State Bar of Arizona Ethics Opinions

94-06: Insurance; Conflict

Previous in-house counsel for insurance company may subsequently undertake representation adverse to company if dispute arose after attorney left company.


This opinion concerns a lawyer's obligation to his former client. Lawyer A represented an insurance company ("Former Client") as a member of in-house counsel staff for two and one half years, ending in December, 1988. Part of Lawyer A's tenure with Former Client included an interim position as chief in-house counsel.

Lawyer A later joined a new law firm which had formerly represented Former Client as outside counsel.[1] In 1993, nearly five years after he left the employment of Former Client, Lawyer A undertook representation of New Client with a potential claim against Former Client. Lawyer A had no involvement with or knowledge of New Client's potential claim while working with Former Client (it is unclear whether the claim even existed during the time Lawyer A was employed by Former Client).

Lawyer A withdrew from representation of New Client when Former Client objected. Former Client claimed that the representation involved a "substantially related matter" under ER 1.9 because Former Client "still does business in 'substantially' the same way, selling 'substantially' the same products, and with 'substantially' the same personnel." Former Client asserted that, unless it "significantly and dramatically" changes its business practices, products and personnel, Lawyer A's representation of New Client with a potential claim against Former Client would be unethical and in violation of ER 1.9. Former Client further claimed that Lawyer A's "intimate" knowledge of Former Client would be disadvantageous to it. Former Client did not claim that Lawyer A would use confidential information concerning it which was not generally known.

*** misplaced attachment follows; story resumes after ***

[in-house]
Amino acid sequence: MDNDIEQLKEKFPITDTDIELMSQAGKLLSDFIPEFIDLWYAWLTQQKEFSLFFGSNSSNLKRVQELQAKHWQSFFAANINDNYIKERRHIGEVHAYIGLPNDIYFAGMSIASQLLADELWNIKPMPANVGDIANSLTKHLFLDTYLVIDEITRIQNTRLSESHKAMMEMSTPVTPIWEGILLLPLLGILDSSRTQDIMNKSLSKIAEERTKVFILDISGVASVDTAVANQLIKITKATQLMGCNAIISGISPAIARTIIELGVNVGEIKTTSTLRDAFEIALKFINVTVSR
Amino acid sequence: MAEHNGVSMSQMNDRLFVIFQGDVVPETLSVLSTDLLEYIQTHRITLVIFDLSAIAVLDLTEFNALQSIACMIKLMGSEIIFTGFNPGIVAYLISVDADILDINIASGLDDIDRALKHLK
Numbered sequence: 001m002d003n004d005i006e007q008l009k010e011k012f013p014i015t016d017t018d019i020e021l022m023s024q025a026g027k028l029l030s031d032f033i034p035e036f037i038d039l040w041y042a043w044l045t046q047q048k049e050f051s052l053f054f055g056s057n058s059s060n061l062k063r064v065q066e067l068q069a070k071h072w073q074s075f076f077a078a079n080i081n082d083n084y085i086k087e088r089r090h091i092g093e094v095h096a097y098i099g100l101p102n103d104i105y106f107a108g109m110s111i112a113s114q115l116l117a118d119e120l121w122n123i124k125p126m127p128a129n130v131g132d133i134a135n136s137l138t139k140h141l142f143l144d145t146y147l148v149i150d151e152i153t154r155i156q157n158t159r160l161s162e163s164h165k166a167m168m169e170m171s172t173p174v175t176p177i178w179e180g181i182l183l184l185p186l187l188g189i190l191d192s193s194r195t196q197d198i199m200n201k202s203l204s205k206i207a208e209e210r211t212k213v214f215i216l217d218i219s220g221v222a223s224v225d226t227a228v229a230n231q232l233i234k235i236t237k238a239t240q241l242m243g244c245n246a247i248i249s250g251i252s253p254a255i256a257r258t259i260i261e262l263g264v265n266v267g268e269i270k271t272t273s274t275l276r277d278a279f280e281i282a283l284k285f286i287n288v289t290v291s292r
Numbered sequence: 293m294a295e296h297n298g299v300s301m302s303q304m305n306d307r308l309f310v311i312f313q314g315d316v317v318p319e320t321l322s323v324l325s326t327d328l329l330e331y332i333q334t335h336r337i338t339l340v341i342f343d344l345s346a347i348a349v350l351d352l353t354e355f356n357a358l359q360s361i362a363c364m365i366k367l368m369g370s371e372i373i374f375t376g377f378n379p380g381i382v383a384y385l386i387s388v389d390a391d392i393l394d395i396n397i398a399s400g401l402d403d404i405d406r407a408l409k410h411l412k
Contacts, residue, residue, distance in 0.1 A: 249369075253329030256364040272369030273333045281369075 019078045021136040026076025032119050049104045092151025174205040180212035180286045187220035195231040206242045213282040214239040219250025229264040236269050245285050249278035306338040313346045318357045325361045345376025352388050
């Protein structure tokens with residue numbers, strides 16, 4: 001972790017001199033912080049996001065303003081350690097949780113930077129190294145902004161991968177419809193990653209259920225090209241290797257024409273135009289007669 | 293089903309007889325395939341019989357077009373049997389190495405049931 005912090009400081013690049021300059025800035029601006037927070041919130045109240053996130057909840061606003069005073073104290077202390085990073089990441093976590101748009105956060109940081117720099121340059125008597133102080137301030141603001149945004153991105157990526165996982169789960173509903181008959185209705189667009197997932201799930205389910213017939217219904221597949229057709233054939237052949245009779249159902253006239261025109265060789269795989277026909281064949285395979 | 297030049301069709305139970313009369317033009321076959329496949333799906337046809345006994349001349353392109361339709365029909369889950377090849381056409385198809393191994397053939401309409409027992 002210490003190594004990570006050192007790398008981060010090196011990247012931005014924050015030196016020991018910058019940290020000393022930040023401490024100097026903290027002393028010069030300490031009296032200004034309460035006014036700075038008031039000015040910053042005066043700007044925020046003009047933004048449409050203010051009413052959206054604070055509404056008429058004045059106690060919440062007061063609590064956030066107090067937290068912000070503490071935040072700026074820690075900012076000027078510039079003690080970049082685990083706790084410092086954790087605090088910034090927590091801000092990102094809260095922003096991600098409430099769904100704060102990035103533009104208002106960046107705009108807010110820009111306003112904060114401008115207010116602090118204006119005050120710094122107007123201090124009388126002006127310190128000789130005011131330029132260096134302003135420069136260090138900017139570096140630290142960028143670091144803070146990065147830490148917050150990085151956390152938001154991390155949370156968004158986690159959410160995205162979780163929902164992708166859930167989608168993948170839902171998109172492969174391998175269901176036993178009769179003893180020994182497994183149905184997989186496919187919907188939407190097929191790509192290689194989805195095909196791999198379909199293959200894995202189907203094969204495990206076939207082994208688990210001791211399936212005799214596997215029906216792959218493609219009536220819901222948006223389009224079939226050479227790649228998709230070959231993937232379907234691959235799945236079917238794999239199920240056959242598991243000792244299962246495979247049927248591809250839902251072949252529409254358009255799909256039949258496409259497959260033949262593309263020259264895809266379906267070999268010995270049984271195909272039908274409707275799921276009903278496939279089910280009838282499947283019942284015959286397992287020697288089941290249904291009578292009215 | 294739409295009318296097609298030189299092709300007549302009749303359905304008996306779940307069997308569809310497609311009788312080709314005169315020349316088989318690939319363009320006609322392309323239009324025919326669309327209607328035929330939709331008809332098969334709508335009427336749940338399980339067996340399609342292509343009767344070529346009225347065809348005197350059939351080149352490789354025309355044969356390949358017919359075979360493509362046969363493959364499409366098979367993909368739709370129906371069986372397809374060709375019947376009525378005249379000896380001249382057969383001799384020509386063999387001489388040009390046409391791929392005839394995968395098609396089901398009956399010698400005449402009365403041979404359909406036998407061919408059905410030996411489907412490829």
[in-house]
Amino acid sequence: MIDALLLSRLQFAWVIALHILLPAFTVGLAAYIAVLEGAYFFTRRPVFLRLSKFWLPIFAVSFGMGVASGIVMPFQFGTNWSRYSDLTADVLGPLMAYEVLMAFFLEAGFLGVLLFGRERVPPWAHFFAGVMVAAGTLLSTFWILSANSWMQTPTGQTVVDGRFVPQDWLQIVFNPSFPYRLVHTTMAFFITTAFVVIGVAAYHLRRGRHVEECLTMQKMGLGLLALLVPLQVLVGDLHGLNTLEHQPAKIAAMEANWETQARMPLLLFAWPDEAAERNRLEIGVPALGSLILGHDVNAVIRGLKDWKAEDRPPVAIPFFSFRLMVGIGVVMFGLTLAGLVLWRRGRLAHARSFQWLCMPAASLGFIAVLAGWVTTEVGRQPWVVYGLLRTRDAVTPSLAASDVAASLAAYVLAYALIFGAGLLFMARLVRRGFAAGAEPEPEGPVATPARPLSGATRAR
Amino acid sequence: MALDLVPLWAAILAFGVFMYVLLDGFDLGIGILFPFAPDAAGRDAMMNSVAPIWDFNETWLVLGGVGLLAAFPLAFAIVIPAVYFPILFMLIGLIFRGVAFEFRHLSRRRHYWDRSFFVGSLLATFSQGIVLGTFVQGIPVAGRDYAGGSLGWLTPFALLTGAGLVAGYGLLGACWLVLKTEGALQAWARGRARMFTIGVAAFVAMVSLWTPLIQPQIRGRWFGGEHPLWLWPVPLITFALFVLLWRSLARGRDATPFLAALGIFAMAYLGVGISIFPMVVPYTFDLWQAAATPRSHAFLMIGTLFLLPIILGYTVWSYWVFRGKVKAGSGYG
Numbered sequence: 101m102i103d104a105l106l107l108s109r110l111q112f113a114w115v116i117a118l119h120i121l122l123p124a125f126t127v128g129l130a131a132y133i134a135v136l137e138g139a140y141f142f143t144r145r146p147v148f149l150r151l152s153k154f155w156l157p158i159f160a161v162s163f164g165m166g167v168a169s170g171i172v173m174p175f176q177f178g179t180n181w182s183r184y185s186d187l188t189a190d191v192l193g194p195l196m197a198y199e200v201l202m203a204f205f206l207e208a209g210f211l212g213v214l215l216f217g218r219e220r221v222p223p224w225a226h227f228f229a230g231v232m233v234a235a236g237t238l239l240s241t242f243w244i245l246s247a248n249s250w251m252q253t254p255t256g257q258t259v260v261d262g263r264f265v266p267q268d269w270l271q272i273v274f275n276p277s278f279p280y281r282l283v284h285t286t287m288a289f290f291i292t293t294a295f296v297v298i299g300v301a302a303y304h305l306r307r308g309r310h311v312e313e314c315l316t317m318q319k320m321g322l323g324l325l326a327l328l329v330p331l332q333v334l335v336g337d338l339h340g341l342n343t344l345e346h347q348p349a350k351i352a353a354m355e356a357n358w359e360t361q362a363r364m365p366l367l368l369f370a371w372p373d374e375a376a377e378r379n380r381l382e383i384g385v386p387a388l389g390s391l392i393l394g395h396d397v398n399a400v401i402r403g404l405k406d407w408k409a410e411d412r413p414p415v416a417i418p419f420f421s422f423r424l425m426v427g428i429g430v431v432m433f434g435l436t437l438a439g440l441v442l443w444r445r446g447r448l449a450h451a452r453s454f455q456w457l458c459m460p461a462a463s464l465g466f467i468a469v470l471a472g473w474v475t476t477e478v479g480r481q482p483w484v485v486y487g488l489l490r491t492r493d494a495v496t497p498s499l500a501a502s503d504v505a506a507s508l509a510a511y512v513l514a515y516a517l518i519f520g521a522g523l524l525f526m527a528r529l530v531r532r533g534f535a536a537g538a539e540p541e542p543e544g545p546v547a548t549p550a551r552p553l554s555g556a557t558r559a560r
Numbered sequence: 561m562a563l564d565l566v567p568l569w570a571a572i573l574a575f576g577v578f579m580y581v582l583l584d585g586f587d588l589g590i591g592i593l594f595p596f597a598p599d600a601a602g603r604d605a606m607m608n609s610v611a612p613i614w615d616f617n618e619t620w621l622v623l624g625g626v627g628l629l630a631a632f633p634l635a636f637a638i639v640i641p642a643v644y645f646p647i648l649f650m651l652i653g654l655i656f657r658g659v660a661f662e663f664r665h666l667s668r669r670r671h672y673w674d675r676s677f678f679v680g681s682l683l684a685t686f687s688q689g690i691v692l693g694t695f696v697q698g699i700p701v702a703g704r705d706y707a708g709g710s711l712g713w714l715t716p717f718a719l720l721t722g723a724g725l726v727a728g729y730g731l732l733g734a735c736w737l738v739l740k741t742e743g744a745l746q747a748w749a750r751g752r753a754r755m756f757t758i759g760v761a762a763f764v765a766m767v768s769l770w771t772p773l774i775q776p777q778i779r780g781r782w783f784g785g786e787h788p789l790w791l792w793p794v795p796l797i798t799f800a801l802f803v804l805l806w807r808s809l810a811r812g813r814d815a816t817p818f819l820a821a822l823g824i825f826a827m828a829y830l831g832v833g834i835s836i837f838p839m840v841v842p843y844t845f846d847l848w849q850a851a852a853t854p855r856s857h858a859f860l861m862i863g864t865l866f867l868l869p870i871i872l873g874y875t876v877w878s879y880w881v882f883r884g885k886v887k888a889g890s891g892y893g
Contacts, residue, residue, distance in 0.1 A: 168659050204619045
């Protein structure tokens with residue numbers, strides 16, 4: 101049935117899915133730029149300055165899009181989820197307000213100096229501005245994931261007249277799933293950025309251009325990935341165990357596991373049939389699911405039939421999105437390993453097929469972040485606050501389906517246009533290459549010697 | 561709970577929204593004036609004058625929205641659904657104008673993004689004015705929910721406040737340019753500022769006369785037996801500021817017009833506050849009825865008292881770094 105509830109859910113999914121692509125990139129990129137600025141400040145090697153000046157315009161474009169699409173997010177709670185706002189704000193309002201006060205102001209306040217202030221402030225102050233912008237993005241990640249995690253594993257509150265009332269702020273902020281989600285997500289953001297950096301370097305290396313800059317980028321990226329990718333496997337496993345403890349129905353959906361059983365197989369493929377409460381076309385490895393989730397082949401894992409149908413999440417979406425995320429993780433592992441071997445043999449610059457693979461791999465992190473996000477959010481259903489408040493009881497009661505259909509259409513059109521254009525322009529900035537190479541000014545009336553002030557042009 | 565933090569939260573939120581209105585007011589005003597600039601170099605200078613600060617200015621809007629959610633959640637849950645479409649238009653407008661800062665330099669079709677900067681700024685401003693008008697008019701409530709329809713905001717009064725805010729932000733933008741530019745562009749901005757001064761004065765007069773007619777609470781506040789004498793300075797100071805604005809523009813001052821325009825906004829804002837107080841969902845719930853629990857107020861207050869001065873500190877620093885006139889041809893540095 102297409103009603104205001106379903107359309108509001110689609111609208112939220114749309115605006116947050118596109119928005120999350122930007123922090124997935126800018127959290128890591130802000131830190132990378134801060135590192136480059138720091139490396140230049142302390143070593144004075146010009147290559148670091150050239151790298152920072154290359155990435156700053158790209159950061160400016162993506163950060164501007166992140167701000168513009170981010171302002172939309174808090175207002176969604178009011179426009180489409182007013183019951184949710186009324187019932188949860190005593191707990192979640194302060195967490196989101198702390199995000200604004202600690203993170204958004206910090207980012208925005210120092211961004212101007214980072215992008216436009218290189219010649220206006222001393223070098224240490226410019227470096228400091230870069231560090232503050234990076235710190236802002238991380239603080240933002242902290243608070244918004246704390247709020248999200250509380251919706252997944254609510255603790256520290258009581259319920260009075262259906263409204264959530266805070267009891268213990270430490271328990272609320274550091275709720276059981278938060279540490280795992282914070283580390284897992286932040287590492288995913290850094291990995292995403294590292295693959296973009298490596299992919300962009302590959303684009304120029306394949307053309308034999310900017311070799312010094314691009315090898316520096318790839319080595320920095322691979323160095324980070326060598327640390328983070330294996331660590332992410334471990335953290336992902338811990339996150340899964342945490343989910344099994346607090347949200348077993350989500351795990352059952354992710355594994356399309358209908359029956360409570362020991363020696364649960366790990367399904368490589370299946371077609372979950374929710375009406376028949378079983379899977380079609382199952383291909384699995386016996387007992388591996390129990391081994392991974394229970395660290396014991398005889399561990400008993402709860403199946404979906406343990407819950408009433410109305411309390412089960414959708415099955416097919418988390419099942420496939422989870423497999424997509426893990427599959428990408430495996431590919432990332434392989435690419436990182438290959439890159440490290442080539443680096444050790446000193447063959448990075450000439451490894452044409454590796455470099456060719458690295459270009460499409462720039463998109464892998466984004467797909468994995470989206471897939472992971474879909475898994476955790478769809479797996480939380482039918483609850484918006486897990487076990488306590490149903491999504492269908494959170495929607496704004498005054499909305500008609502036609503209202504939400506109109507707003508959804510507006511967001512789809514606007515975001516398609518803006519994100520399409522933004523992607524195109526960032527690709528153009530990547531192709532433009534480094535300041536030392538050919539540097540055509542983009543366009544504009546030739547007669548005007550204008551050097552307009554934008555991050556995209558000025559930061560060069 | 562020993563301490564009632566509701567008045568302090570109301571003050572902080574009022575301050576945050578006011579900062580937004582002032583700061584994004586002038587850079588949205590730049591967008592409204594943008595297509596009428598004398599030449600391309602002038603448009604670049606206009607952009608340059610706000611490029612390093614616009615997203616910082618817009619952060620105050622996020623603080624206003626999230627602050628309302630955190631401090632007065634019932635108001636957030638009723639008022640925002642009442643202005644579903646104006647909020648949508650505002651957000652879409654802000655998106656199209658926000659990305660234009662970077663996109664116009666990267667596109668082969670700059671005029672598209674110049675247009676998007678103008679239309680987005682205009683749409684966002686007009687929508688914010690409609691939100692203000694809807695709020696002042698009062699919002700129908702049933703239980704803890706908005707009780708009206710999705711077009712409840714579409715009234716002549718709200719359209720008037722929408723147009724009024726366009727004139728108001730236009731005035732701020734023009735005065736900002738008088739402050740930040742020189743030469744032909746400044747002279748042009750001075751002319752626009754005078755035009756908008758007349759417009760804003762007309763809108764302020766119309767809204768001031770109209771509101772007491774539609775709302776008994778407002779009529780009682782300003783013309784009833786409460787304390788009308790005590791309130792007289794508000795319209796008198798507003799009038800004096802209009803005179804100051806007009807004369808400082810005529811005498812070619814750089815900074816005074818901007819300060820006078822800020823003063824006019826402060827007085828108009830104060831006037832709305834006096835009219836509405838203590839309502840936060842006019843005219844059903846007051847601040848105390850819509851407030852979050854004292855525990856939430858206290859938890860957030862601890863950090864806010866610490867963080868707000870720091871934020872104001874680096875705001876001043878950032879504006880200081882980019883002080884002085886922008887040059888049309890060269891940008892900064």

1. Is Lawyer A's representation of New Client having a claim against Former Client a "substantially related matter" under ER 1.9(a) when Lawyer A had no involvement with or knowledge of the claim in the course of his employment with Former Client?

2. Is Lawyer A's knowledge of Former Client's business practices, products and personnel confidential information that could be used to the disadvantage of Former Client?




ER 1.6.                   Confidentiality of Information

(a) A lawyer shall not reveal information relating to representation of a client unless the client consents after consultation,....



ER 1.9.                   Conflict of Interest: Former Client

A lawyer who has formerly represented a client in a matter shall not thereafter:

(a) represent another person in the same or a substantially related matter in which that person's interests are materially adverse to the interests of the former client unless the former client consents after consultation; or